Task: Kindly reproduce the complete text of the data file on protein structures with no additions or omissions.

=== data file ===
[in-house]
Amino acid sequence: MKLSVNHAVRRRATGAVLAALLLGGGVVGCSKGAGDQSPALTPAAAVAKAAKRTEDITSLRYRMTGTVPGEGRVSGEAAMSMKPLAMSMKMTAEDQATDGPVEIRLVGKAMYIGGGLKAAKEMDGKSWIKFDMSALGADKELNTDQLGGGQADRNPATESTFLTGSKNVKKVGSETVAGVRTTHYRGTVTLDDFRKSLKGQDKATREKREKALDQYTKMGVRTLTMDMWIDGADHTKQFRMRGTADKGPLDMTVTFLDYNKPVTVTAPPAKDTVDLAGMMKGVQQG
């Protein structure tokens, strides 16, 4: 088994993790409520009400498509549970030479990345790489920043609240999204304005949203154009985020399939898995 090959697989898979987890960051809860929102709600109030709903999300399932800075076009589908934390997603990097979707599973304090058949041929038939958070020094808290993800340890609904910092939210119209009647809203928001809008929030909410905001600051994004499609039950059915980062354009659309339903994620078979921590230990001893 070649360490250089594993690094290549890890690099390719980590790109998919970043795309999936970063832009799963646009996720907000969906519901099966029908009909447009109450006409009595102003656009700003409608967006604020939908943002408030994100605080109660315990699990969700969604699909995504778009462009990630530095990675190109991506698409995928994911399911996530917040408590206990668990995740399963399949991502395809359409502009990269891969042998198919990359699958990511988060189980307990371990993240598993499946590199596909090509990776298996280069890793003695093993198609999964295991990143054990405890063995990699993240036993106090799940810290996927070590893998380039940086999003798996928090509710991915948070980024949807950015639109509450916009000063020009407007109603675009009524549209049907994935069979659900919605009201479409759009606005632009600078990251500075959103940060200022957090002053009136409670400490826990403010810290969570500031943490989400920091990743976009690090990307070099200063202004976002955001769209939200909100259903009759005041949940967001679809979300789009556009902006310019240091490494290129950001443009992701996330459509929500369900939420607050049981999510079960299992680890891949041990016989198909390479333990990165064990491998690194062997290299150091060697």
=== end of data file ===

[in-house]
Amino acid sequence: MKLSVNHAVRRRATGAVLAALLLGGGVVGCSKGAGDQSPALTPAAAVAKAAKRTEDITSLRYRMTGTVPGEGRVSGEAAMSMKPLAMSMKMTAEDQATDGPVEIRLVGKAMYIGGGLKAAKEMDGKSWIKFDMSALGADKELNTDQLGGGQADRNPATESTFLTGSKNVKKVGSETVAGVRTTHYRGTVTLDDFRKSLKGQDKATREKREKALDQYTKMGVRTLTMDMWIDGADHTKQFRMRGTADKGPLDMTVTFLDYNKPVTVTAPPAKDTVDLAGMMKGVQQG
């Protein structure tokens, strides 16, 4: 088994993790409520009400498509549970030479990345790489920043609240999204304005949203154009985020399939898995 090959697989898979987890960051809860929102709600109030709903999300399932800075076009589908934390997603990097979707599973304090058949041929038939958070020094808290993800340890609904910092939210119209009647809203928001809008929030909410905001600051994004499609039950059915980062354009659309339903994620078979921590230990001893 070649360490250089594993690094290549890890690099390719980590790109998919970043795309999936970063832009799963646009996720907000969906519901099966029908009909447009109450006409009595102003656009700003409608967006604020939908943002408030994100605080109660315990699990969700969604699909995504778009462009990630530095990675190109991506698409995928994911399911996530917040408590206990668990995740399963399949991502395809359409502009990269891969042998198919990359699958990511988060189980307990371990993240598993499946590199596909090509990776298996280069890793003695093993198609999964295991990143054990405890063995990699993240036993106090799940810290996927070590893998380039940086999003798996928090509710991915948070980024949807950015639109509450916009000063020009407007109603675009009524549209049907994935069979659900919605009201479409759009606005632009600078990251500075959103940060200022957090002053009136409670400490826990403010810290969570500031943490989400920091990743976009690090990307070099200063202004976002955001769209939200909100259903009759005041949940967001679809979300789009556009902006310019240091490494290129950001443009992701996330459509929500369900939420607050049981999510079960299992680890891949041990016989198909390479333990990165064990491998690194062997290299150091060697």